It is perfectly true that the Labour government provided, in its legislation, the legislative authority for appointing the council, but in those days there were very few Europeans in the Territory and, as the Minister has pointed out, there was not a sufficient number of natives who had reached a stage of development where they could undertake the responsibilities of office. I think it was only a quibble on the Minister's part to say that I was wrong to suggest that the Labour government established the council. We did establish the legislative authority for the appointment of the council. Ten years ago it was imperative that we should make use of the system of nomination, and in the conditions then operating in the Territory our selection was largely restricted to members of the Public Service. But that situation has completely changed and, I repeat, it is wrong for the Government to continue to use that system now, because it produces a body which, to all intents and purposes, is an instrument of the Government.

As my colleagues have said, the Opposition is not satisfied with the Minister's explanation of what is now proposed - It is very cunningly worded by the Parliamentary draftsman, no doubt on the instructions of the Minister and the Department, so I am not blaming the draftsman. What is proposed appears to continue the original prohibition in the act against men who have a direct contract with the Government for the supply of goods or services from participating in a vote in which they are directly interested; but then this effect is destroyed completely by the provision, in another sub-section that improper participation in a council vote by a council member does not affect the validity of anything done by the council, including what was done as the result of the vote in which that person participated improperly.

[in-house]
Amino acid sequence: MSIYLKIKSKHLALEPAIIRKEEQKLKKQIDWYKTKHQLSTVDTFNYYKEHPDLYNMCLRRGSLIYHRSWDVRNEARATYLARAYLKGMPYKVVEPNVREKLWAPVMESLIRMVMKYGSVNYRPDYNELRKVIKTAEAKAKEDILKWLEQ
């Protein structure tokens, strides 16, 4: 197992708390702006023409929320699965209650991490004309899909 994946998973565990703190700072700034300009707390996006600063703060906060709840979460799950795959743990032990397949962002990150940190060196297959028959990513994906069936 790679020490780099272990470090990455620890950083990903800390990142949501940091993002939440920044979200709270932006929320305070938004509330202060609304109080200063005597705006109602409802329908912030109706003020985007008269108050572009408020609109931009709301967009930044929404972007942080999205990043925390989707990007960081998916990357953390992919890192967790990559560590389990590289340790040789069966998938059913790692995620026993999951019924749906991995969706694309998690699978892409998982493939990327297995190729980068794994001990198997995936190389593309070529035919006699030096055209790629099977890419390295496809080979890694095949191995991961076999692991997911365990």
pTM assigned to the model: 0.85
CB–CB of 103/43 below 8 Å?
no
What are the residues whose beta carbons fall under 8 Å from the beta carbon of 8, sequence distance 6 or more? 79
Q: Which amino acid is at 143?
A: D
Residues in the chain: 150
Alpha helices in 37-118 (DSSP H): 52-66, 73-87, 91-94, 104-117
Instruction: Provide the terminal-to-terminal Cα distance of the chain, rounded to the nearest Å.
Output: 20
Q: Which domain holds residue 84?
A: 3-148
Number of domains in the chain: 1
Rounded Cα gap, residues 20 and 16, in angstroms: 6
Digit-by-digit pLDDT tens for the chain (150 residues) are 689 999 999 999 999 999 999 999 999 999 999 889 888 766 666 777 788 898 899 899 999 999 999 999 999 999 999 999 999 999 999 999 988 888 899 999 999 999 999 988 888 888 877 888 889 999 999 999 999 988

Here is a strange thing indeed! The honorable member for New England said that a member of the council who should properly be disqualified could participate in a vote on a matter with which he was directly interested, either as a result of forgetfulness or by deliberate intention. So the honorable member for New England agrees that it could be done deliberately. Such an act, done deliberately, is a completely dishonest act. No provision is made in the bill to disqualify the person concerned thereafter. He could be guilty of improper participation in a vote of the council but, according to the Minister, he can still occupy his position on the council, because he is not disqualified unless the council itself moves to disqualify him.

Mr CLYDE CAMERON (HINDMARSH, SOUTH AUSTRALIA) - Does this ratify shady transactions that occurred in the past?

Mr WARD - No, not this particular clause. That is a later provision. I hope the Minister will re-examine the amendment and give us a more satisfactory explanation of the reason for it. Otherwise, the Opposition will vote against it.